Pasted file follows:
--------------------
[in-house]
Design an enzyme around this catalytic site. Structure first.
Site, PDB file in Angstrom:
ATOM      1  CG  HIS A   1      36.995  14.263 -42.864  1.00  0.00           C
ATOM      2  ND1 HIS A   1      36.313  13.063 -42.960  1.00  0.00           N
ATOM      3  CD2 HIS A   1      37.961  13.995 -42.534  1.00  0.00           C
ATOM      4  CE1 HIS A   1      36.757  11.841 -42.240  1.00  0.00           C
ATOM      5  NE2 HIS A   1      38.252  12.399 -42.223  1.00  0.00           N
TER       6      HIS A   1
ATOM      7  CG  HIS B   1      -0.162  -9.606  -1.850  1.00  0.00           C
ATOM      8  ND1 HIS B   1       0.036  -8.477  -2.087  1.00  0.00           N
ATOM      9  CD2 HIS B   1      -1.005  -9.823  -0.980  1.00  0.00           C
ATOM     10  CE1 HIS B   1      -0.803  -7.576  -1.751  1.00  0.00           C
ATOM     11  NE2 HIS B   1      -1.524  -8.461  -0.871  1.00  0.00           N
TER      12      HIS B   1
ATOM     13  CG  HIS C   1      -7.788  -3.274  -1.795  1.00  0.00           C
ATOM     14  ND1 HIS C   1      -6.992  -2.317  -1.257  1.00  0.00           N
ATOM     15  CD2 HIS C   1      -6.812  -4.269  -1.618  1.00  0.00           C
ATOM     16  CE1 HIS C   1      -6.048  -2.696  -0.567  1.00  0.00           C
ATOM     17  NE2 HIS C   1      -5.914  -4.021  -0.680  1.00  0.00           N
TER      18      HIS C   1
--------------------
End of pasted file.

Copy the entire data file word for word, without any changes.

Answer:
[in-house]
Design an enzyme around this catalytic site. Structure first.
Site, PDB file in Angstrom:
ATOM      1  CG  HIS A   1      36.995  14.263 -42.864  1.00  0.00           C
ATOM      2  ND1 HIS A   1      36.313  13.063 -42.960  1.00  0.00           N
ATOM      3  CD2 HIS A   1      37.961  13.995 -42.534  1.00  0.00           C
ATOM      4  CE1 HIS A   1      36.757  11.841 -42.240  1.00  0.00           C
ATOM      5  NE2 HIS A   1      38.252  12.399 -42.223  1.00  0.00           N
TER       6      HIS A   1
ATOM      7  CG  HIS B   1      -0.162  -9.606  -1.850  1.00  0.00           C
ATOM      8  ND1 HIS B   1       0.036  -8.477  -2.087  1.00  0.00           N
ATOM      9  CD2 HIS B   1      -1.005  -9.823  -0.980  1.00  0.00           C
ATOM     10  CE1 HIS B   1      -0.803  -7.576  -1.751  1.00  0.00           C
ATOM     11  NE2 HIS B   1      -1.524  -8.461  -0.871  1.00  0.00           N
TER      12      HIS B   1
ATOM     13  CG  HIS C   1      -7.788  -3.274  -1.795  1.00  0.00           C
ATOM     14  ND1 HIS C   1      -6.992  -2.317  -1.257  1.00  0.00           N
ATOM     15  CD2 HIS C   1      -6.812  -4.269  -1.618  1.00  0.00           C
ATOM     16  CE1 HIS C   1      -6.048  -2.696  -0.567  1.00  0.00           C
ATOM     17  NE2 HIS C   1      -5.914  -4.021  -0.680  1.00  0.00           N
TER      18      HIS C   1